BBA grad Pierce Fulton releases debut album

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Readers: This story was edited at 12:21 on Thursday, July 6 to correct the title of Pierce Fulton's album to "Better Places."

Former Stratton resident and Burr and Burton Academy graduate Pierce Fulton has already made a name for himself in the progressive house and electric dance music (EDM) genres.

Last Friday, Fulton, now 25, took another step in his growing career, releasing his debut album "Better Places" through the Tunecore online digital music service.

"Better Places," which includes nine original tracks written by Fulton, his girlfriend and fellow singer/songwriter Noosa and Josh Ocean, illustrates his motivation to build on his unique voice as an artist. Fulton wrapped up the album just three weeks ago, claiming the album's final product came out of frustration.

The music industry has recently shifted to an anti-album phase, where labels prefer that artists release one or two singles at a time to promote and spread awareness rather than a full record. This attitude suggests a music industry focused more on the business side compared to the artist side, something Fulton perceives as concerning.

Although albums require great effort, the production is a risk that doesn't always pay off. Luckily for Fulton, the personal and professional risk was worth it, because he wrote and recorded the music he wanted to without expectations.

"I feel relieved. I never got the full message out that I wanted to until this album," he said of the final product.

From a manager's standpoint, his brother Griff Fulton holds great pride for the album they put together "with [their] small team and without a label involved It has been such an exciting, emotional and insightful journey finding [their] own little place within a very cutthroat and rapidly changing industry."

Fulton moved from Connecticut to Stratton during his middle school years, attending Long Trail School and Stratton Mountain School before spending four years at Burr and Burton Academy. He worked at Village Picture Shows in Manchester and at Bromley's Fun Zone, competing in snowboard contests at Stratton as a teen.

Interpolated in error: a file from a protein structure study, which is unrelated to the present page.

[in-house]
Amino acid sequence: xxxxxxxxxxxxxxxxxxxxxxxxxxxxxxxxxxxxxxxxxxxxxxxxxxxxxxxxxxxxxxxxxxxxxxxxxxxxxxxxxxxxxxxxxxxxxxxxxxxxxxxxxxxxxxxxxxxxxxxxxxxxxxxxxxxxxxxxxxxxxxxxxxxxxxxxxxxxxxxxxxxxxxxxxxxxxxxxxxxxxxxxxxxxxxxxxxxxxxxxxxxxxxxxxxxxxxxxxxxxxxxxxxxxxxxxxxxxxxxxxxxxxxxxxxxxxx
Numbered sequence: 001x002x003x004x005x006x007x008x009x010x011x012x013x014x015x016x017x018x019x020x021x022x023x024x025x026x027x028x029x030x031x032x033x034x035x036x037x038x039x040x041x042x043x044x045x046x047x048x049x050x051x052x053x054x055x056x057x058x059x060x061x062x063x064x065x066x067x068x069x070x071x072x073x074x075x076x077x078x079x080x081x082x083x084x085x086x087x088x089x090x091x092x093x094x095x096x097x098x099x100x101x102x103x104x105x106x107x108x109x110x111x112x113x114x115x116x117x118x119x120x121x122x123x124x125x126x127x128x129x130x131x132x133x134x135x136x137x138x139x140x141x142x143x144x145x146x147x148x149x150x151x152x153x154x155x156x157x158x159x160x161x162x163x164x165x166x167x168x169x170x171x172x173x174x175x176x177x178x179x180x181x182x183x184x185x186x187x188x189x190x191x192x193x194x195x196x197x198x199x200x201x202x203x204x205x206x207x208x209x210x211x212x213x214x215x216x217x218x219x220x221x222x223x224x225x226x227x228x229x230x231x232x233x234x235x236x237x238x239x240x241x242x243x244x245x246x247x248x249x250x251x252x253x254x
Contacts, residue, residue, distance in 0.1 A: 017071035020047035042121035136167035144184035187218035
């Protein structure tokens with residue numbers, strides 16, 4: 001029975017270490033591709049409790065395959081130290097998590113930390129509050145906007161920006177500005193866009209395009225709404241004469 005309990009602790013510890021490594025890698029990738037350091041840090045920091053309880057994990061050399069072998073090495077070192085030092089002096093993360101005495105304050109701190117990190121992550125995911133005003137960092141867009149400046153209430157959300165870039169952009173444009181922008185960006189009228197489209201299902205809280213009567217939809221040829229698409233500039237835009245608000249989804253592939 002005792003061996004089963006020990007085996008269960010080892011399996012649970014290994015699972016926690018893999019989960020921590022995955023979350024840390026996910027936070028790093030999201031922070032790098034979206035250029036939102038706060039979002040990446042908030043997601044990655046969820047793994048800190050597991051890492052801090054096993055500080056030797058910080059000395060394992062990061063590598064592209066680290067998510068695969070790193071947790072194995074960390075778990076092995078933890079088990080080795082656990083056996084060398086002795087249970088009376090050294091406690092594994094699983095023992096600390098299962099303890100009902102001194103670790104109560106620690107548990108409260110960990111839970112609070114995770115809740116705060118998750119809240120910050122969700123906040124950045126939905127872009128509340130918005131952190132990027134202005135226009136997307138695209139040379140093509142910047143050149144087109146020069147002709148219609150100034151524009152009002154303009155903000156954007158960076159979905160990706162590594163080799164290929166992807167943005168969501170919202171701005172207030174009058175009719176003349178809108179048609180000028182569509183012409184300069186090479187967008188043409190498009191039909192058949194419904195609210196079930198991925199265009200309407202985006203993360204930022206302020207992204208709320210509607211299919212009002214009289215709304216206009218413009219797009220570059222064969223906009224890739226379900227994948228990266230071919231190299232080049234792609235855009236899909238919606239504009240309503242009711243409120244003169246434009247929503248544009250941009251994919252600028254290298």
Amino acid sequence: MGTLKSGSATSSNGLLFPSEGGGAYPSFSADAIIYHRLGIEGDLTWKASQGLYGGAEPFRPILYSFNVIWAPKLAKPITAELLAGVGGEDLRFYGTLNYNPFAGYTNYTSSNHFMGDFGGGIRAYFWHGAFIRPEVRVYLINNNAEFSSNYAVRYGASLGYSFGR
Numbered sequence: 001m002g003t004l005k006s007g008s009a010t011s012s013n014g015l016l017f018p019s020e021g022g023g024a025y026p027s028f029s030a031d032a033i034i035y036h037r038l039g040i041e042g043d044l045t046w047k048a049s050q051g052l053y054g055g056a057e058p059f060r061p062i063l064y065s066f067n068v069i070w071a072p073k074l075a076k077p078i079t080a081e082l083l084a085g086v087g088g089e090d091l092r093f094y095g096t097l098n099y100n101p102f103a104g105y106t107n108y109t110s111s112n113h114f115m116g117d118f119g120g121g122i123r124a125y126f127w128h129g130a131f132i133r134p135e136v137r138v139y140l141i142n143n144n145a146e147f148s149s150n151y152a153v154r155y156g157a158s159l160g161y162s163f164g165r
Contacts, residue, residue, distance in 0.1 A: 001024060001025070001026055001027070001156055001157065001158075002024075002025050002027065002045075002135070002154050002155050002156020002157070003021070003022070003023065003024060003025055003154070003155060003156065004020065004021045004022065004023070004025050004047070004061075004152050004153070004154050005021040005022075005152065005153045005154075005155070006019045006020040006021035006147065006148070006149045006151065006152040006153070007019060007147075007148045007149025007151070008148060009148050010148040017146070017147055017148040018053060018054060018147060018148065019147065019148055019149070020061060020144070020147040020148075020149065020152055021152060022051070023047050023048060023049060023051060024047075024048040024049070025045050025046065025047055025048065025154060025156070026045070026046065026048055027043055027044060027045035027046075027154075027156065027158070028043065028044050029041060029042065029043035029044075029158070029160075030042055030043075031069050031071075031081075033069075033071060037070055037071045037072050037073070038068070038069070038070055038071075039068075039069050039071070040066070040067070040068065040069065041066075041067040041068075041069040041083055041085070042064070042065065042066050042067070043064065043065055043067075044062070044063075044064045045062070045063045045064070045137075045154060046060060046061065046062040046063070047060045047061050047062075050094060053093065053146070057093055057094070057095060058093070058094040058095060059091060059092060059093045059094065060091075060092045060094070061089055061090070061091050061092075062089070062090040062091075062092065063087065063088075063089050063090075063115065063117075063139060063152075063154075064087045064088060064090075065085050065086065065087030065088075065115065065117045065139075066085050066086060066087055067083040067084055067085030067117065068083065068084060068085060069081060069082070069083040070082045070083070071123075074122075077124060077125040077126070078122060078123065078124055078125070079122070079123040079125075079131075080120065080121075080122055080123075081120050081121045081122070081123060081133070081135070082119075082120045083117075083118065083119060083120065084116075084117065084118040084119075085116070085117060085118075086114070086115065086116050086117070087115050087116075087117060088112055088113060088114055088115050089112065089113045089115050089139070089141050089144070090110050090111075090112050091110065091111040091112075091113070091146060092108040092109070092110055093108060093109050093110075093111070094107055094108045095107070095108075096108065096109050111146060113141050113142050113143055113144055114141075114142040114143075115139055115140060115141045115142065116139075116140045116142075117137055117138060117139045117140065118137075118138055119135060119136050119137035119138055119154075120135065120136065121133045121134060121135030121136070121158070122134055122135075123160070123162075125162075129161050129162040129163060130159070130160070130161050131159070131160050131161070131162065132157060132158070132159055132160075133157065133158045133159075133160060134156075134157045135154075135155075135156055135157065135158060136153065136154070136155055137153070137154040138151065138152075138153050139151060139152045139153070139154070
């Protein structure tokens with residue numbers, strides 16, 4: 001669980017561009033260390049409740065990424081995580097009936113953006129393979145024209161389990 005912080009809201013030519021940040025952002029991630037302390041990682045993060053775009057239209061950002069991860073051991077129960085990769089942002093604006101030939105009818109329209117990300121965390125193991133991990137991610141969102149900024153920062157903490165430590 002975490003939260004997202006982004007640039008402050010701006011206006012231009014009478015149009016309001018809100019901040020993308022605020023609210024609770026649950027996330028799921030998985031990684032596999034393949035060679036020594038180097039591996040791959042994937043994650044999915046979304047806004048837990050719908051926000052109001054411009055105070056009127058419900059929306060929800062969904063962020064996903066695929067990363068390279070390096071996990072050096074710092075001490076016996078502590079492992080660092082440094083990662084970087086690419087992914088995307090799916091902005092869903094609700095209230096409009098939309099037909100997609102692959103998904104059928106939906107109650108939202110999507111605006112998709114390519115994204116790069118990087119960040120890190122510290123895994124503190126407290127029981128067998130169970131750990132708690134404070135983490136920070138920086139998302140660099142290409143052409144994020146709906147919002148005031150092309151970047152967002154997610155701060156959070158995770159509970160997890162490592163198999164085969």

But he also discovered how much he loved music.

Neil Freebern, a music teacher at BBA, supported and encouraged Fulton to pursue his passion for music, serving as a mentor.

"Pierce was quite a talented musician in high school," Freebern said. "He took just about every music offering we had at the time. It was enjoyable to witness how Pierce applied these experiences to his own compositions. He brings a new level of sophistication to a popular genre.

"Listen carefully to his songs, there is a lot going on in every composition," Freebern said. "The success that Pierce has achieved has served not only to bring great music into the world, but has given my current music students inspiration to pursue their passions."

While Fulton left Vermont to pursue his career and now lives in Los Angeles, he has a deep appreciation for his time in Vermont. He says the relative isolation of growing up here allowed him the freedom to experiment, and he credits that greatly for his rising. To him, every performance in Vermont is meaningful, because he never imagined pursuing music in his home state. The most recent came at Stratton's Minus Zero festival in April.

What's next for Fulton? A North American tour showcasing live shows with Noosa and NVDES (both featured in "Better Places") is scheduled to kick off in the fall, in addition to production work with good friend and actor Ansel Elgort.


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